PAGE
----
The result has been an uproar for virtually every stakeholder constituency ICANN is charged with protecting. Editorials in the New York Times, Washington Post, San Francisco Chronicle, USA Today, Time Magazine and more condemned ICANN’s plans to open up the DNS. The United States Federal Trade Commission told the U.S. Congress that ICANN’s plan would be a “disaster” for consumers. Members of the U.S. Congress joined in voicing those concerns. The non-profit community objected. Independent governmental agencies, including the United Nations, World Intellectual Property Organization and World Bank objected and suggested ICANN slow down and reconsider its decision. The Screen Actors Guild and the American Federation of Television and Radio Artist announced opposition to the ICANN plan. The Association of National Advertisers formed the Coalition for Responsible Internet Domain Oversight (CRIDO), a coalition of over 160 trade associations and leading brands, in opposition to opening up the DNS. The U.S. Congress held hearings, seriously questioning whether ICANN’s proposal made any sense. To be candid, I represent the ANA and CRIDO, so I have an admitted bias. That’s OK. Bias is a natural part of a healthy debate.

Despite all of the objections and concerns expressed by many stakeholder groups, ICANN refused to change anything in its plans and forged ahead with accepting applications. Instead, ICANN made assurances to the Internet community that it would look into their concerns and address them as the program unfolded.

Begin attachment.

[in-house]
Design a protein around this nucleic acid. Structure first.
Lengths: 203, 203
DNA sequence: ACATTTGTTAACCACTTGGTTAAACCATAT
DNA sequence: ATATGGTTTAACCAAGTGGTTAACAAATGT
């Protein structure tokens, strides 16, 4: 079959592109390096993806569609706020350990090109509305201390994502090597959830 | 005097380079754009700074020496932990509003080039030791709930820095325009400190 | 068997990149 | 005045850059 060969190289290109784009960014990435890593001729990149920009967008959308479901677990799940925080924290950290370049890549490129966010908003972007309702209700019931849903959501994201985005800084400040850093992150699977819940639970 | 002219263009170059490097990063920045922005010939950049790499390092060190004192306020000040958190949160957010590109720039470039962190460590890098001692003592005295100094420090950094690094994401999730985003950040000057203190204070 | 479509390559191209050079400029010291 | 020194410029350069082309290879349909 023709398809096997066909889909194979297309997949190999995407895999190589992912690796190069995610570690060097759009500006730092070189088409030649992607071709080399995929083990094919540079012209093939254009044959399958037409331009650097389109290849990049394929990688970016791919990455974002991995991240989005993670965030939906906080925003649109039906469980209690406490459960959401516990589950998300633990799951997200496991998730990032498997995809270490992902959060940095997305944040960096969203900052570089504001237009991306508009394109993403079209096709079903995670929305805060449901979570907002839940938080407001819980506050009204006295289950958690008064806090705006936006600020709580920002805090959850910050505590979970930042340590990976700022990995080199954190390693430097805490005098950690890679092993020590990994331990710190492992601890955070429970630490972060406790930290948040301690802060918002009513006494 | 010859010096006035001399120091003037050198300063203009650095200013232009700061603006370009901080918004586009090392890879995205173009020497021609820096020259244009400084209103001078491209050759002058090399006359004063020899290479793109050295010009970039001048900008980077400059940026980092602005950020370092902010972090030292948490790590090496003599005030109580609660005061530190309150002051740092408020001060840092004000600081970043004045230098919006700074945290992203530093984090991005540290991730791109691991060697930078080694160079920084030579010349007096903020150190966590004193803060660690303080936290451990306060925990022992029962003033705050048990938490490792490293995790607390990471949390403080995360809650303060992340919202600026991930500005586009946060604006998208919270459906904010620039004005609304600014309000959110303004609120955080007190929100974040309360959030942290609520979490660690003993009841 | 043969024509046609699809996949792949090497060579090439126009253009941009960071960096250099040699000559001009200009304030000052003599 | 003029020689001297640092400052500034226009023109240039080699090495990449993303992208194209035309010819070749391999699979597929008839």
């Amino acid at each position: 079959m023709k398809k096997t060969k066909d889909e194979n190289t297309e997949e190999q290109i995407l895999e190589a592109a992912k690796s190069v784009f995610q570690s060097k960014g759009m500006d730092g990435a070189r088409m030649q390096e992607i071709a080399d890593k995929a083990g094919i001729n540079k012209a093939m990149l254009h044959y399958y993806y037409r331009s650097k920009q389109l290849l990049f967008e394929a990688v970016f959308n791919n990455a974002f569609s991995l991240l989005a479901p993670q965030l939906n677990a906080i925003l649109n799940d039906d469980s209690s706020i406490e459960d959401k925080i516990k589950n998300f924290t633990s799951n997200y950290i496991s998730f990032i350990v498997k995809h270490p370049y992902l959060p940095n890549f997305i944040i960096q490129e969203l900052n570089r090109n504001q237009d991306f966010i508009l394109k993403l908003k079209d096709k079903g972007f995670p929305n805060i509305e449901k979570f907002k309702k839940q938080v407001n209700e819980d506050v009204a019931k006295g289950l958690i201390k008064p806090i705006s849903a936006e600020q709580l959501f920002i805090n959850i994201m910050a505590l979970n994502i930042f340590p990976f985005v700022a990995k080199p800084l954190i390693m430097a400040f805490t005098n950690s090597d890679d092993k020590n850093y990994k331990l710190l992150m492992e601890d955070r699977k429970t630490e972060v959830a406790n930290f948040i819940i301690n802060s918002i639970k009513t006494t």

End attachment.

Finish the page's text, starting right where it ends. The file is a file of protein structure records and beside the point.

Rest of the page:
The most salient lesson in what transpired over the six months from the ICANN vote to expand the DNS and the opening of the window to apply for new TLDs is that no one appears to have any meaningful oversight of ICANN. The DOC and NTIA have shown no desire to assume that role despite the fact they are a party to the Affirmation of Commitments. So far, no other governmental organization anywhere in the world has stepped up to the plate to oversee ICANN. In short, ICANN is very much an independent, and some would say rogue, organization that controls the backbone of the most important communications and commerce engine in history. The fact that ICANN itself is run by only sixteen directors who are essentially unaccountable to anyone is mind boggling when you consider what’s at stake in the decisions the ICANN Board makes.

And while the Party of We may not have any better success than anyone else who has attempted to reign in the ICANN Board, we can at least use this forum as a place where ICANN’s decisions and operations are revealed under a bright light and made as transparent as possible. A forum where both supporters and distracters of ICANN can speak their minds so no one, least of all ICANN, is unaware of how the Party of We feels with respect to its actions, pro and con. And if the Party of We can topple dictators, derail legislation, and reveal hidden inequities, perhaps ICANN will listen and realize the Party of We is ignored at ICANN’s risk.

For a complete summary and repository of all of the documents referred to in this entry and to see the testimony in Congress, the many letters written to ICANN that have yet to receive responses, and the breadth and depth of those objecting, visit

Please join me in ICANN Watch and open the door to an informed Party of We.

Doug Wood, We Expert